Thanks to NASA, Photo-Based 3D Modeling Is Set to Explode

by Matt Ball
- Oct 2 2014 - 3 min read
photogrammetry_nasa
Courtesy NASA/JPL-Caltech

Accurate 3D modeling of reality can be a difficult and expensive endeavor. High-end lidar imagers use remote-sensing technology to measure distance by directing lasers at an object and analyzing the reflected light. These instruments, which expertly capture detailed site measurements, can cut down a great deal of time and cost over traditional surveying work. However, lidar imagers can cost hundreds of thousands of dollars and require professional training.

The high cost prohibits their use on smaller projects or for pre-funding preliminary project phases where models are created as part of the bidding process. Thankfully, there are less expensive means for 3D data capture that make it easy to compile a realistic 3D model simply from consumer digital cameras, or even the camera on your phone or tablet. This democratization of technology holds the promise to accelerate the preliminary planning and design phase of a project, as it greatly speeds the capture of existing conditions of a site.

Origins: Photogrammetry

The early work on collecting data for 3D modeling from multiple photos comes from photo-measuring techniques known as photogrammetry. The mapping community has used stereo imaging to create 3D representations of the ground for almost as long as we’ve had photography. As you might have guessed, this kind of mapping comes from military advancements in order to depict accurately a battlefield for the planning of operations.

nasa mars rover 3d modeling
Courtesy NASA/JPL-Caltech

Major innovations to photogrammetric techniques occurred when photos went digital. NASA researchers deserve a lot of credit for making the leap from photos to models, as they developed new algorithms and tools that were first used by the Mars Exploration Rovers to navigate and create 3D models of the Martian surface. Since then, this technology has been adopted extensively, including using it for street-level 3D mapping for online mapping sites. Similar approaches for photo-based modeling can be found in Microsoft’s Photosynth and in Autodesk’s 123D Catch. Today, there are many tools that capture models in this fashion, and there are even 3D modeling handheld phones and tablets in development that will marry new camera configurations with onboard software to make models.

Accurate Enough

Data capture is a very time-consuming and costly aspect to any project start, and often it’s something that is heavily invested in by all project bidders. Given the dollars spent and the redundancy of this effort, you’d think that the site owners would provide a model of the site, but that is often not the case. Therefore, coming up with a solution to rapidly, easily, and cheaply create a model of reality for preliminary design work will have a huge impact on the workflow, and could even result in lower costs for building and infrastructure creation.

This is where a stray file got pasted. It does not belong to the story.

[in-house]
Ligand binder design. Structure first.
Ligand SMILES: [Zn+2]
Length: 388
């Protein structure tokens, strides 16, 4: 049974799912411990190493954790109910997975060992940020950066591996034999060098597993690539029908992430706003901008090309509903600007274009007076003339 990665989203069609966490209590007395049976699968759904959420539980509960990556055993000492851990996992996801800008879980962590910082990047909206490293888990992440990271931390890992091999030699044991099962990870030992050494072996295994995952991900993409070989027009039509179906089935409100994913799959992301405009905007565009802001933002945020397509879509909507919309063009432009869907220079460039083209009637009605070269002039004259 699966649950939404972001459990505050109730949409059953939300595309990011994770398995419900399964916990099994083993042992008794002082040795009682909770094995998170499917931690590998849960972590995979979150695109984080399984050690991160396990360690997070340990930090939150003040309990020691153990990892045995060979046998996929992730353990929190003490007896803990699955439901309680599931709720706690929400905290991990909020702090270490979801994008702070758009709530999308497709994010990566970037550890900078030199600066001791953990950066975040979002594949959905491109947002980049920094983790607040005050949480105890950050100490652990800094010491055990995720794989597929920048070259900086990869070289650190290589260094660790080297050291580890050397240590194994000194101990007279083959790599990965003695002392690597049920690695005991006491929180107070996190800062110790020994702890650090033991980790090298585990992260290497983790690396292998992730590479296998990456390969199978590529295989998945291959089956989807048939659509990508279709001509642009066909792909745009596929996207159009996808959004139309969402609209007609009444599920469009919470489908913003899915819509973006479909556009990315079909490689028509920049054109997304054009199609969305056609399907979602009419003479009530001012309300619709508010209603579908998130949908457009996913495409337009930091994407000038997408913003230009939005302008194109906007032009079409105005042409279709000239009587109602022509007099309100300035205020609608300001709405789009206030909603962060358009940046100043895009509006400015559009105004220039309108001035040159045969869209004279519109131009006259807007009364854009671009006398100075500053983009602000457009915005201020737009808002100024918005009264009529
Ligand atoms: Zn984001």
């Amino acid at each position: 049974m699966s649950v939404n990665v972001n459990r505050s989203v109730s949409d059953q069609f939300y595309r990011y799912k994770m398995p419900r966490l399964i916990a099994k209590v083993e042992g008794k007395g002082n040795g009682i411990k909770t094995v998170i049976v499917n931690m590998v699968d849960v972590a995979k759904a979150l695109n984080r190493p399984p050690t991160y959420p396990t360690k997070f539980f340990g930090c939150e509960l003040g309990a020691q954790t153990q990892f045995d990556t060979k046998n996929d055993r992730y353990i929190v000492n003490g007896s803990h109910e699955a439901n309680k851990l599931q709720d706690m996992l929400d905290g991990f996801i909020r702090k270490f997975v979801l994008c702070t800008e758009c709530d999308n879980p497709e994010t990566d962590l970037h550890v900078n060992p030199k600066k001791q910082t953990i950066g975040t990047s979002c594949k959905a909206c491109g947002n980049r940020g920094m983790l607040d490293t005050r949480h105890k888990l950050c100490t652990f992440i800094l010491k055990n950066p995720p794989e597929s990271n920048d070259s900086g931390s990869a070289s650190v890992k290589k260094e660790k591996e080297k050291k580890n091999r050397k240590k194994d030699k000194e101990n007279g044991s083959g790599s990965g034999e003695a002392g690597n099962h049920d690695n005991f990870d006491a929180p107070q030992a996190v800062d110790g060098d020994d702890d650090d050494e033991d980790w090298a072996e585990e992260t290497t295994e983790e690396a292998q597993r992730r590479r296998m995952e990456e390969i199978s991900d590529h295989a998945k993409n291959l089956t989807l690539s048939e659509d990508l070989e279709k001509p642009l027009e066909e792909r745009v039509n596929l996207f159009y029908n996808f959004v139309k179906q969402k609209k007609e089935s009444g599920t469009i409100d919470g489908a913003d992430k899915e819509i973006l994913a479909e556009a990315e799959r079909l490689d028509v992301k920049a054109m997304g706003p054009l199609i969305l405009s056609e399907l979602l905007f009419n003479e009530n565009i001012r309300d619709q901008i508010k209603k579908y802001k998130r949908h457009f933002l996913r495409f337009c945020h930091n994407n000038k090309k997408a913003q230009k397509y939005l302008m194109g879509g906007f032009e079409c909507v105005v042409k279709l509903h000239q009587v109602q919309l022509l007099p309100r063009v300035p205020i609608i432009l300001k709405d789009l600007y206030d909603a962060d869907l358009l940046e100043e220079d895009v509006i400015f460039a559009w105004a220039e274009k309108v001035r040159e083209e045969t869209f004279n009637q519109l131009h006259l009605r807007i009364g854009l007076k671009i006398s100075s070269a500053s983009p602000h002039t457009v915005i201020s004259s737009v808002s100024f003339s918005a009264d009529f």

A photo-based model is certainly not as accurate as traditional surveying tools or lidar modeling, but it can fill a gap in early phase sketching and conceptual renderings. It’s important to note that further survey-grade modeling will most likely occur at later stages of design and engineering phases should proposals turn into design drawings. But for conceptual design, the accuracy of photo models is adequate.

One research effort compared a total station survey to the accuracy of photo-based modeling and found that it was off, at most, by one quarter of an inch. Of course, there are a number of factors at play in accurately capturing a photo model, such as adequate lighting, focus, and coverage, but these results make it a viable option for preliminary site work.

photo-based 3d modeling
Micke Tong

Business Benefits

Businesses stand to benefit from these advancements because it means companies that need to capture a site for a proposed design can forego investment in scanning and surveying services. Instead, they’ll be able to use a tablet or phone for quick capture that they can then incorporate into their model.

Photo-based modeling has so many advantages in terms of the quickness of capture, the ease of the capturing process, the automation of the modeling, and the low cost. It’s certainly something that is going to take off quickly, perhaps to the point where people might be making models of their grandkids rather than capturing moments with photographs. While that may seem far-fetched for now, consider how quickly personal photo printers and online photo services sites replaced photo-developing stores. It may only be a matter of time.

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